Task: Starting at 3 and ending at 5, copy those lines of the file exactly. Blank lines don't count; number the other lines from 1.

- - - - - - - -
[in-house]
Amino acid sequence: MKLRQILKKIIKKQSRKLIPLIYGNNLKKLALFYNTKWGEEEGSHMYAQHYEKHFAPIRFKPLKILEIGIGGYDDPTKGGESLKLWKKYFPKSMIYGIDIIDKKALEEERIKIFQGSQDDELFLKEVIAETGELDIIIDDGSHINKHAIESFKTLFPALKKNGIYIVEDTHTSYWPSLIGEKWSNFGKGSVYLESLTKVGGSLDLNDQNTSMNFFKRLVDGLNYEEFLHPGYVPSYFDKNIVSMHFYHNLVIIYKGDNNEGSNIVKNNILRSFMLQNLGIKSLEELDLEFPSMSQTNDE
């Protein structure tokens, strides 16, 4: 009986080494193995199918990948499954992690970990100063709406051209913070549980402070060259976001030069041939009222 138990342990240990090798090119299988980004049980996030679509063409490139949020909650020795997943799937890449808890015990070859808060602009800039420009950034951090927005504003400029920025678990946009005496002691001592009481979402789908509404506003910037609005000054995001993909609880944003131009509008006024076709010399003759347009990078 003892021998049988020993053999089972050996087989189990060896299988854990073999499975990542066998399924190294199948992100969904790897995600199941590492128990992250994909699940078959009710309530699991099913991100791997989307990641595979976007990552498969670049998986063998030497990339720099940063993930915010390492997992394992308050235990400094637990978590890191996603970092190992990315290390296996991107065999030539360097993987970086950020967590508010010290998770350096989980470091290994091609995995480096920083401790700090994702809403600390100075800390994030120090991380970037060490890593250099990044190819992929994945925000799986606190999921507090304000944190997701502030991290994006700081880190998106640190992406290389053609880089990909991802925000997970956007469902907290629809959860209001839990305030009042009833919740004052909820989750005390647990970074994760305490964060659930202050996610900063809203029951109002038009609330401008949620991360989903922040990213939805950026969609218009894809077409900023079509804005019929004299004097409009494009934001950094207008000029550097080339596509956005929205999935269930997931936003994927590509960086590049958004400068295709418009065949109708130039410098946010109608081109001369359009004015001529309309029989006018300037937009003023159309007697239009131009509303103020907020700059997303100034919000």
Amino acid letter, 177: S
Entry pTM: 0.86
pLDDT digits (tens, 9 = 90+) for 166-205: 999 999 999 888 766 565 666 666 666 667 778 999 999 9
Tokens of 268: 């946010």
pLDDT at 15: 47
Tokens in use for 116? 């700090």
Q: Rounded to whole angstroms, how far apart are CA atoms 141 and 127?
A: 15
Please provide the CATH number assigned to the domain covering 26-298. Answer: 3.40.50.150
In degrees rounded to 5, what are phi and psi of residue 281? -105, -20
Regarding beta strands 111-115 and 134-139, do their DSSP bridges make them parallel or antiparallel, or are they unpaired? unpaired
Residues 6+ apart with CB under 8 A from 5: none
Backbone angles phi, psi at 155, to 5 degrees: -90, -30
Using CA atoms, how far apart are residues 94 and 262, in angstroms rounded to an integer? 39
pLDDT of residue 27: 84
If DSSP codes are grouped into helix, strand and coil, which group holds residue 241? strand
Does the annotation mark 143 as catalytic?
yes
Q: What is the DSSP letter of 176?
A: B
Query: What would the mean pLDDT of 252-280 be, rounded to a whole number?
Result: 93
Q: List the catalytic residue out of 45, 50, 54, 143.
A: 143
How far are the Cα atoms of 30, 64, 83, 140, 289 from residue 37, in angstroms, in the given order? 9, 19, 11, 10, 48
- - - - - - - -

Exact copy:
């Protein structure tokens, strides 16, 4: 009986080494193995199918990948499954992690970990100063709406051209913070549980402070060259976001030069041939009222 138990342990240990090798090119299988980004049980996030679509063409490139949020909650020795997943799937890449808890015990070859808060602009800039420009950034951090927005504003400029920025678990946009005496002691001592009481979402789908509404506003910037609005000054995001993909609880944003131009509008006024076709010399003759347009990078 003892021998049988020993053999089972050996087989189990060896299988854990073999499975990542066998399924190294199948992100969904790897995600199941590492128990992250994909699940078959009710309530699991099913991100791997989307990641595979976007990552498969670049998986063998030497990339720099940063993930915010390492997992394992308050235990400094637990978590890191996603970092190992990315290390296996991107065999030539360097993987970086950020967590508010010290998770350096989980470091290994091609995995480096920083401790700090994702809403600390100075800390994030120090991380970037060490890593250099990044190819992929994945925000799986606190999921507090304000944190997701502030991290994006700081880190998106640190992406290389053609880089990909991802925000997970956007469902907290629809959860209001839990305030009042009833919740004052909820989750005390647990970074994760305490964060659930202050996610900063809203029951109002038009609330401008949620991360989903922040990213939805950026969609218009894809077409900023079509804005019929004299004097409009494009934001950094207008000029550097080339596509956005929205999935269930997931936003994927590509960086590049958004400068295709418009065949109708130039410098946010109608081109001369359009004015001529309309029989006018300037937009003023159309007697239009131009509303103020907020700059997303100034919000």
Amino acid letter, 177: S
Entry pTM: 0.86